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Nick Mason's Saucerful Of Secrets

Artist: Nick Mason's Saucerful Of Secrets

Venue: Nottingham, Royal Concert Hall

Date: 15th June 2024

"This music, apart from being classic and legendary, is also era defining; people have grown up with this stuff from days like we will never see again ..."


©Andy B
©Andy B

It had been two years since I had last seen Saucerful Of Secrets; at the same venue no less, and before I saw them then, I was a little unsure what to expect, being a Gilmour era Floyd fan more than the Syd Barrett incarnation, which was a bit before my time, and far weirder. However, I really enjoyed it, the band doing a fine job with their renditions of that early material alongside pre-‘Dark Side Of The Moon’ stuff from Gilmour’s days. So I knew what it was all about, and I decided I would see them again, while I still could…

The show was going to be in two halves, the first kicking off at 19.30 until 20.30, a twenty-minute break, and then back on for another hour. They were about five minutes late, not that anyone was bothered in the predominantly more mature audience, although having said that there were some much younger people there; obviously the offspring of really cool parents. On entering the stage they wasted no time, starting with ‘Astronomy Domine’, ‘Arnold Lane’ and ‘See Emily Play’. Following the first song, there was a short pause where Nick Mason addressed the audience, saying that they could film as much as they liked on their mobiles, but “Please turn off the white lights, as it really annoys the bass player (Guy Pratt), and you wouldn’t want that”. Following ‘See Emily Play’, he also mentioned those first three were all Syd Barrett songs and it was a good time to recognise him as the creator of Pink Floyd, which received a cheer and applause. Following this, ‘Remember Me’ was a song recorded in 1966, from which they had removed Barrett’s vocals, (not easy as it was lifted from a single track), so they would be able to play with Barrett singing. Although, that didn’t quite work at the start as there was a squelch, rather than Barrett’s voice, but once they sorted it out everything was fine. During that first hour we also had ‘Obscured By Clouds’, which I have to say was very impressive, ‘Atom Heart Mother’ sandwiched between two ‘If’s and after asking if we wanted some Rock ‘n’ Roll, the ‘Nile Song’. Mr Mason then told us he was fed up of seeing someone else banging the gong, referring to the large Paiste on the stand behind his kit, at which point he answered his mobile phone to “converse with Roger Waters” who was asking if he knew where his gong had gone, to which Mason said he didn’t know and how would he carry it around. They then finished the first set with ‘Set The Controls For The Heart Of The Sun’ with lots of synthesiser knob twiddling from both keyboard player Dom Beken and guitarist/vocalist Gary Kemp.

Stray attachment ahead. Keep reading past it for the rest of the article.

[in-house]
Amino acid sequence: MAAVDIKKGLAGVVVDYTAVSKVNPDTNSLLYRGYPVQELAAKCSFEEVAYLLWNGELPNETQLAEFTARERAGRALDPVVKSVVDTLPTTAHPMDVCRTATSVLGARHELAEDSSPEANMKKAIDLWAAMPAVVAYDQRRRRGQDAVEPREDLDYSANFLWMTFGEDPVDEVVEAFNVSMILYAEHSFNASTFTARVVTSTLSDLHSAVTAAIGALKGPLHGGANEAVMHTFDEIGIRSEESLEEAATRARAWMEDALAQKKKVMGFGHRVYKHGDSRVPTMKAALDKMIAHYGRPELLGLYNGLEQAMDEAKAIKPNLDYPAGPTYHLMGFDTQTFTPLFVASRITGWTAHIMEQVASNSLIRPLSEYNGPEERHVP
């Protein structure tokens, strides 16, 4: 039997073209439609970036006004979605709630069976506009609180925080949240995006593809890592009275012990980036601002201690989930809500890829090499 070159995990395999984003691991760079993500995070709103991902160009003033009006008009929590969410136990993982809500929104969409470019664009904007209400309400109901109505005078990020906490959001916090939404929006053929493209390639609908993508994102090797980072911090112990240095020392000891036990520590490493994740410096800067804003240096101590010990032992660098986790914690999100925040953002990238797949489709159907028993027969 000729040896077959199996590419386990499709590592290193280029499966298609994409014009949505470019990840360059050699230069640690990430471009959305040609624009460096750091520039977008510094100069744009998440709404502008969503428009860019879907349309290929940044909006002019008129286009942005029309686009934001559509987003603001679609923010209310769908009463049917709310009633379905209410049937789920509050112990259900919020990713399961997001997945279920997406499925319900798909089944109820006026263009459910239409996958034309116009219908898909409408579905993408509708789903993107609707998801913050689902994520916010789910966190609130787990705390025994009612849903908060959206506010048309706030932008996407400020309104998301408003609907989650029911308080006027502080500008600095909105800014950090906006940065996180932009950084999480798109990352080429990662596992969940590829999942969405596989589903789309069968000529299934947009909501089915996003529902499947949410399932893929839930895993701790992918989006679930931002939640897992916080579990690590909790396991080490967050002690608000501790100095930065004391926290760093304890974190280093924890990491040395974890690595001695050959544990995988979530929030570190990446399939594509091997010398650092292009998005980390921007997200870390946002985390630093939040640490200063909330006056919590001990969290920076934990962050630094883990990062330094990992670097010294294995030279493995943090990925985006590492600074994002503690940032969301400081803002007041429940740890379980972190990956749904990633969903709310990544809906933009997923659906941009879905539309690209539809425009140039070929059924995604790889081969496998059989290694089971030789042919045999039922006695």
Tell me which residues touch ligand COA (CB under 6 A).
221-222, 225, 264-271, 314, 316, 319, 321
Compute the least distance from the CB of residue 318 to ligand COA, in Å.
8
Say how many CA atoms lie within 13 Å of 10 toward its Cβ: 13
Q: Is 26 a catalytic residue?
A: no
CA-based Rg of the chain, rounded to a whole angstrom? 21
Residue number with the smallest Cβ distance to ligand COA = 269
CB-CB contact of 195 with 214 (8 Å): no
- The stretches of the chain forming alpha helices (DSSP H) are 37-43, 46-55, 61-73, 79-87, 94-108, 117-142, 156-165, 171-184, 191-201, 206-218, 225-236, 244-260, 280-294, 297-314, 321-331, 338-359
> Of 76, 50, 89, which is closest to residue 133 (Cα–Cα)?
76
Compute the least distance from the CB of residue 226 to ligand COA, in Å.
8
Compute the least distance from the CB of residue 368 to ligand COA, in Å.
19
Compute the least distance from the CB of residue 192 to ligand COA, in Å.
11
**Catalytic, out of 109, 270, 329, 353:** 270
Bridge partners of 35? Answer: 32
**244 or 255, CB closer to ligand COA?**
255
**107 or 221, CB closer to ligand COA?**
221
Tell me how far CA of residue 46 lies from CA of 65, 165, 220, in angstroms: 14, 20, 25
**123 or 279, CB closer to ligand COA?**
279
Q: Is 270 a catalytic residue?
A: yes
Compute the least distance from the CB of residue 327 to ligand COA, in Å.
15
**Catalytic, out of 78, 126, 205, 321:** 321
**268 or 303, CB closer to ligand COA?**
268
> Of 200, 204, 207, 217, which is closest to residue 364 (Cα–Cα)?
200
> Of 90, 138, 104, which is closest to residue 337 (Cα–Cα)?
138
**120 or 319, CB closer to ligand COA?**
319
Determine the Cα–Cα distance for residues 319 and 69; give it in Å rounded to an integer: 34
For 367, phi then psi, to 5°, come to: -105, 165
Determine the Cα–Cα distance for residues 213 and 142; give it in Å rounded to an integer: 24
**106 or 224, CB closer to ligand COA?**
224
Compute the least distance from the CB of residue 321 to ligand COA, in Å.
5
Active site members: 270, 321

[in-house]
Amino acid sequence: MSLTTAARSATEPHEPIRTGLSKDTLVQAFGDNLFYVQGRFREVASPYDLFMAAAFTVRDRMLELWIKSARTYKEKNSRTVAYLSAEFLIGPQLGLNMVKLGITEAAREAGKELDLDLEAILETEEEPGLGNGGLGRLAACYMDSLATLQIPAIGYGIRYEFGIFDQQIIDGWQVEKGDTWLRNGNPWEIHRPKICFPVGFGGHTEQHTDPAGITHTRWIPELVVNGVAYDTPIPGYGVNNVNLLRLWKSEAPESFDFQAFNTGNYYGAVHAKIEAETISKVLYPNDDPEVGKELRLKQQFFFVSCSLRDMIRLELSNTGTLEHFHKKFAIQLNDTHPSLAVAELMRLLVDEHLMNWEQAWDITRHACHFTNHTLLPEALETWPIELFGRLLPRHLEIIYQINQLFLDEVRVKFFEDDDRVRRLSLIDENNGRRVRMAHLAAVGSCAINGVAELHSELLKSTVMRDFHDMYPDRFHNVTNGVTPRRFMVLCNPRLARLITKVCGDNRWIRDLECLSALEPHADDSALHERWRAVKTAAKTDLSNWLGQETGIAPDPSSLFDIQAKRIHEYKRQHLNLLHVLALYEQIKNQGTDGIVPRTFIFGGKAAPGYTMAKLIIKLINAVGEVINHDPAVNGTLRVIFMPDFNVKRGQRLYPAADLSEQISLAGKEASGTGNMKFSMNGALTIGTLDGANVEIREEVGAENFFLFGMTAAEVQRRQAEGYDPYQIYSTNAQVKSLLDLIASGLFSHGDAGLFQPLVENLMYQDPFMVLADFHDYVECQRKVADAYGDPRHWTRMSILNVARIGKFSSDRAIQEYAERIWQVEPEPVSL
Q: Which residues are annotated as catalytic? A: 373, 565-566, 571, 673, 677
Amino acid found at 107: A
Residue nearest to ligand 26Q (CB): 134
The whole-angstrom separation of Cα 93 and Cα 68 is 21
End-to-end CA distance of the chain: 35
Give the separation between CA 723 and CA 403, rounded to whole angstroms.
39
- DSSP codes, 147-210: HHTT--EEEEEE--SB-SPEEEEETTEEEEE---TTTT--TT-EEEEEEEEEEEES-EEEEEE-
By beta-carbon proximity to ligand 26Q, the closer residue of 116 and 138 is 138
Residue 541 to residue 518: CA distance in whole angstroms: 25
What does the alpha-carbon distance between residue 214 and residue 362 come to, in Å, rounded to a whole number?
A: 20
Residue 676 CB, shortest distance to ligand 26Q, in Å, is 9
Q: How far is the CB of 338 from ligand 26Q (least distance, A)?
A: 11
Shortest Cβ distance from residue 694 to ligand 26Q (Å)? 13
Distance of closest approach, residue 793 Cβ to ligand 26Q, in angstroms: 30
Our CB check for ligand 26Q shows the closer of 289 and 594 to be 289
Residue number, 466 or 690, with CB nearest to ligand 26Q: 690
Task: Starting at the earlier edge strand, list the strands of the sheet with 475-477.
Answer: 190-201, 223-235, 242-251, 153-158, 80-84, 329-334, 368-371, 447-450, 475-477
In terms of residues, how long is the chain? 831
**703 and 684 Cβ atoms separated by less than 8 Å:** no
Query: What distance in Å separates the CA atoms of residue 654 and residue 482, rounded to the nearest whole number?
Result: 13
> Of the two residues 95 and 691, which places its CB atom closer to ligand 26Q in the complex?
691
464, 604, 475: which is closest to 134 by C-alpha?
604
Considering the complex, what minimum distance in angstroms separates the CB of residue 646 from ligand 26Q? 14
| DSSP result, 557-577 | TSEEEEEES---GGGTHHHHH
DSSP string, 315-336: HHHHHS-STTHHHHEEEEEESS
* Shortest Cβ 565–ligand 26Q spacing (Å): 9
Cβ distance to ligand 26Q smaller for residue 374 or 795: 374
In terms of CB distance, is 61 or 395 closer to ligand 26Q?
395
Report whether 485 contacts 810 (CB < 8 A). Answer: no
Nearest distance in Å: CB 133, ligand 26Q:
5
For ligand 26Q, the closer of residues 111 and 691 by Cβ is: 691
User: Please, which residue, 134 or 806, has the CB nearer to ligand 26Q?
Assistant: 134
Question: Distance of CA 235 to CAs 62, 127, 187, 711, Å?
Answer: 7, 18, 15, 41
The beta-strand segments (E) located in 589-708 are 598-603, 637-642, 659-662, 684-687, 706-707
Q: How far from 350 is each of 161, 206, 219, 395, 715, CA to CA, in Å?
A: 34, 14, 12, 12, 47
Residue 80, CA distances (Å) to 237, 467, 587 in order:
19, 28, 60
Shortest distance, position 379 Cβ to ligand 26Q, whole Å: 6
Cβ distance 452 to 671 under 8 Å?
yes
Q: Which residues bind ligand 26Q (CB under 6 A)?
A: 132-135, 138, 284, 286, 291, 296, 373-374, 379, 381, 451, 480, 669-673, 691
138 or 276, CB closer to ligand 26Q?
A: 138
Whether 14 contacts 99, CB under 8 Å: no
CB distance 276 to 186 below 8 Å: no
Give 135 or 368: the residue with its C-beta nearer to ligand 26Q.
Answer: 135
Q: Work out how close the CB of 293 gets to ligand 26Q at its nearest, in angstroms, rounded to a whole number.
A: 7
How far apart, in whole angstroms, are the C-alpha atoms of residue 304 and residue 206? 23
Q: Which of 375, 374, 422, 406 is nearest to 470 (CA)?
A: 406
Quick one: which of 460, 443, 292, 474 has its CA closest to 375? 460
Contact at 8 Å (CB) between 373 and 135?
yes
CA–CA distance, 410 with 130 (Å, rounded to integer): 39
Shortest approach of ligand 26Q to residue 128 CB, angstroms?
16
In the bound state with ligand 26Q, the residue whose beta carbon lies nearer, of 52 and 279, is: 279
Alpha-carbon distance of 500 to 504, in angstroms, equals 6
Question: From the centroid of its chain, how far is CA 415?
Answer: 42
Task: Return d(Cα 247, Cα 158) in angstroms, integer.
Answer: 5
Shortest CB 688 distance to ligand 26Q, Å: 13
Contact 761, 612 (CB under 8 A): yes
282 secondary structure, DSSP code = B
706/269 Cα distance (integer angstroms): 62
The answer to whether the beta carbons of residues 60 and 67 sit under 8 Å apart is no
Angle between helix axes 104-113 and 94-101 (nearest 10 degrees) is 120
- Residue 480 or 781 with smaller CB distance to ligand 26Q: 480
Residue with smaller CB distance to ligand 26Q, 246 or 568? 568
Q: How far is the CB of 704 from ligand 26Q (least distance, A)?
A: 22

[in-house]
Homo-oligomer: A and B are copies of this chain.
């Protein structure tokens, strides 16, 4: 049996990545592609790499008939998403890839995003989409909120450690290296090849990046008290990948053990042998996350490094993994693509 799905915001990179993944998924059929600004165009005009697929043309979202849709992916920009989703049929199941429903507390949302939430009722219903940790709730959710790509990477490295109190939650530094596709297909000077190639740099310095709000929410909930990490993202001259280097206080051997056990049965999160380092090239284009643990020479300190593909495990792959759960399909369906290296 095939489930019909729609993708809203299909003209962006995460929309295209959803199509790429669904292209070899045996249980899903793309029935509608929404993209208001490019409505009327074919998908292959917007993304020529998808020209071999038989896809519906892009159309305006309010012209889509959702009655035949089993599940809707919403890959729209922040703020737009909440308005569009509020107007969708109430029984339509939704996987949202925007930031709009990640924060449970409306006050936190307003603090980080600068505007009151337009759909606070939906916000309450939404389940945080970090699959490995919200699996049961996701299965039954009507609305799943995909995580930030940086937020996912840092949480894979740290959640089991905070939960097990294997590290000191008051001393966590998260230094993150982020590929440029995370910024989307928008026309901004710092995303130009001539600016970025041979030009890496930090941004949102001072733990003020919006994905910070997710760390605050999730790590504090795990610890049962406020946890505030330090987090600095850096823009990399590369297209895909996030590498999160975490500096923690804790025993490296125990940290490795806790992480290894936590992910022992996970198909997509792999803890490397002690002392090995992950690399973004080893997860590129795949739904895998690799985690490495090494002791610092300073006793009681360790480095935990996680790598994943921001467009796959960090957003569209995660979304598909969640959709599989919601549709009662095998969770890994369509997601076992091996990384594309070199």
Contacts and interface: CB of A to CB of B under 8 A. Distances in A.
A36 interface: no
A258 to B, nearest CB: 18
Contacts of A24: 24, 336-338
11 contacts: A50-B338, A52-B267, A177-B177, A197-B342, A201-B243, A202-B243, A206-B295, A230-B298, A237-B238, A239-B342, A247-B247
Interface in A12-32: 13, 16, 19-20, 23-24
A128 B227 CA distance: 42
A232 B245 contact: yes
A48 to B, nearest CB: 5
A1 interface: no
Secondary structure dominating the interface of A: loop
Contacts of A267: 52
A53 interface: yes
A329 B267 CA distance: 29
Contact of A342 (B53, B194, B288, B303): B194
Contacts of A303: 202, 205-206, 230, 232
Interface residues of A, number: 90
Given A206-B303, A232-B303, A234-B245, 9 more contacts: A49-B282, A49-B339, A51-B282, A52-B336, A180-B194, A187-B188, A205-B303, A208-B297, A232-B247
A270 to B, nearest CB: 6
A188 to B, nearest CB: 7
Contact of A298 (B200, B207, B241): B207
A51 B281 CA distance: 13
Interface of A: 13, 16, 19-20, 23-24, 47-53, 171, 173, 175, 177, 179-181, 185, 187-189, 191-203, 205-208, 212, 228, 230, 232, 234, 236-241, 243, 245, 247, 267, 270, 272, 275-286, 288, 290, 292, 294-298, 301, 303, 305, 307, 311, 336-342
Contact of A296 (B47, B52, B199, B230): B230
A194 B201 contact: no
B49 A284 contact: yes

Part 1 Set List

The second half contained just five songs, starting with ‘The Scarecrow’ and going straight into ‘Fearless’, complete with ‘You’ll Never Walk Alone’ at the beginning and end. Looking at it, you could be forgiven for thinking that with just five songs, the second half would be considerably shorter than the first. It was shorter, as the hour would also contain the encore, but in that second set, we also got another classic. One single ping from the keyboard caused a murmur in the crowd, but the gremlins struck again, and we didn’t get a second ping, due to some problem with the synth. After a bit of fiddling about, I don’t think they solved that particular problem, so they resorted to using a different keyboard, after which we had ‘Echoes’ with Lee Harris hoisting his guitar into the air while abusing it in a way that I couldn’t figure out, and the unmistakable feel of Guy Pratt’s bass pedals; a fitting end to the second set. I noted that there was no talking between songs in this section. They then did the usual off-stage for a couple of minutes, before returning for a two song encore made up of another favourite of mine, ‘One Of These Days’ and ‘Saucerful Of Secrets’ which brought the night to a close.

Part 2 Set List

As I have said many times before, none of these musical legends are getting any younger, and sooner or later, they will cease doing what they do best, playing excellent music and entertaining. This music, apart from being classic and legendary, is also era defining; people have grown up with this stuff from days like we will never see again, and I have to say that I did notice Mason appearing to have some problem holding his microphone when addressing the audience, although it didn’t affect his drumming whatsoever. There were a few gremlins here and there, but this was only the third show of this tour, so not unusual, and I have to admit to smiling to myself when I recall the big bands from the past who I have seen, and remembering the huge lighting banks they used to create fantastic light shows to complement the music, and how few lights that were used tonight, along with the psychedelic patterns on screens at the back of the stage, that equalled those early productions, if not surpassing them. A really good night.


Review: Andy B, & Lou C. Photos: Andy B


Gallery: All photos © Andy B (used with kind permission)




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